I’m just back from a week in Greece, getting some rest before the men’s shows begin in six days time, and have been catching up on the news I’ve missed.
One bit has made me excited indeed.
On January 15th, I finished my review of the AW13 Giorgio Armani menswear show in the Financial Times with the following words.
“The day dawned with the news that luxury conglomerate PPR had bought a 51% stake in Christopher Kane. That marriage of a French blue-chip buying into a small British label brings into focus the isolated state that Milan finds itself: no new designers, no sense of how it can make itself relevant in the 21st century.
I wonder if Mr Armani could provide the solution. His business is profoundly successful. Wouldn’t it be an interesting move if he were to ape Bernard Arnault and François Pinault, and used some of that money to set up new, separate fashion houses? It could happen in the same way that Comme des Garçons created a label for Junya Watanabe. It is something that could provide new impetus to his own work. Just a thought.”
Then, in my round-up of the Milan shows on January 18th, I wrote:
“Milan has an air of diminishment about it. It is clear that fashion houses all act independently of each other, without any unified attempt to preserve Milan’s status as a fashion capital. Italy needs to work out its own way of discovering and supporting fresh talent.”
So I was very pleased to see last week’s news that Giorgio Armani is to offer his showspace in Milan to young designers, including full technical support.
It means that young designers will be able to show on a schedule without having to subsidise their own venue, with the implicit support of Armani himself.
Mr Armani said of the decision: “We need concrete actions to support Italian fashion, initiatives that give more strength and a feeling of novelty to Milan’s Fashion Week. It is for this reason that I decided to make my theatre on Via Bergognone available for the fashion shows of some of the most promising designers, who can count on my building’s technical services.”
The first designer to benefit from this is Andrea Pompilio.
He’s new to me, but is already stocked in places like Jeffrey in NYC, 10 Corso Como in Milan and online at thecorner.com.
It seems apt that in a city built on commerciality, and without a tradition of radical design, that the definition of “young designer” is someone already with stockists.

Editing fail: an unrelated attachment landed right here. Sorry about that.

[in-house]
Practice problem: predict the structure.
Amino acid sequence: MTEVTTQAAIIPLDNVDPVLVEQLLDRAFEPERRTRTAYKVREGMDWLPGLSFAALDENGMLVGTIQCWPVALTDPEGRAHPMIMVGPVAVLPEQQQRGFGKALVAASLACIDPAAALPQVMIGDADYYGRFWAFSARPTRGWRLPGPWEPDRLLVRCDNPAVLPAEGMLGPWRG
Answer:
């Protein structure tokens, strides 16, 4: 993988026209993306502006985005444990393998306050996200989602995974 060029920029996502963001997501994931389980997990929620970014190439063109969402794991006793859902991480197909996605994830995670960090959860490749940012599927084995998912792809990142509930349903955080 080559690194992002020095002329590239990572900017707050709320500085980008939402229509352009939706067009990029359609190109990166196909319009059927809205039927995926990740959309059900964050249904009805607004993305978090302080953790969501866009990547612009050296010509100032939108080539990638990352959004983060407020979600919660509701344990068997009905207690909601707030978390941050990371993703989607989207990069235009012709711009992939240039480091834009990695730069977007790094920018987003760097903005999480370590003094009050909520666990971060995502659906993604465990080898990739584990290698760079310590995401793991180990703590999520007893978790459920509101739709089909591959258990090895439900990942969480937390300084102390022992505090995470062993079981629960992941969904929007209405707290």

I really mean it: each city has to find its own way of nurturing young designers. London has the counterculture and colleges that allows all our idiosyncratic new talents to flourish.
Milan is a city full of young designers from around the world who went straight from graduation to work behind the scenes at the big Italian brands. Many take that route to learn the ropes in the industry before launching on their own.
Milan could have its next generation of new name designers already working right under its nose. If the big brands are canny, they could launch these young designers themselves as protégés, just as with Com
Here’s Pompilio’s AW13 collection, which he showed at Pitti – a mix of women’s and men’s.
I look forward to seeing his Milan menswear debut at 11.30am on June 22, and hope all the editors and buyers in town will go out of their way to support the initiative.
They’ve been clever with the scheduling, so that the show is just round the corner from the one before – Stefano Pilati’s debut at Ermenegildo Zegna.
There’s no excuse not to go.
I think it’s super important that Armani is taking this action. He plans to do the same during the women’s schedule, which is similarly stuck in a rut of familiarity.
There’s other interesting stuff happening in Milan. During the men’s shows, the new board of the Camera Della Moda, their version of the BFC, will be introduced.
Previously Milan has felt like a city of brands working independently from one another. But suddenly the Camera Della Moda is about to become cross-party.
The new board includes Patrizio Bertelli, CEO of Prada and husband of Mrs Prada; Diego Della Valle, owner of Tod’s; Angela Missoni; Ermenegildo Zegna; Renzo Russo; Silvia Venturi Fendi, and Carla Sozzani, owner of 10 Corso Como.
During the last menswear shows in January, Milan was a depressing place to be.
Maybe soon it can become again a city of engagement and optimism.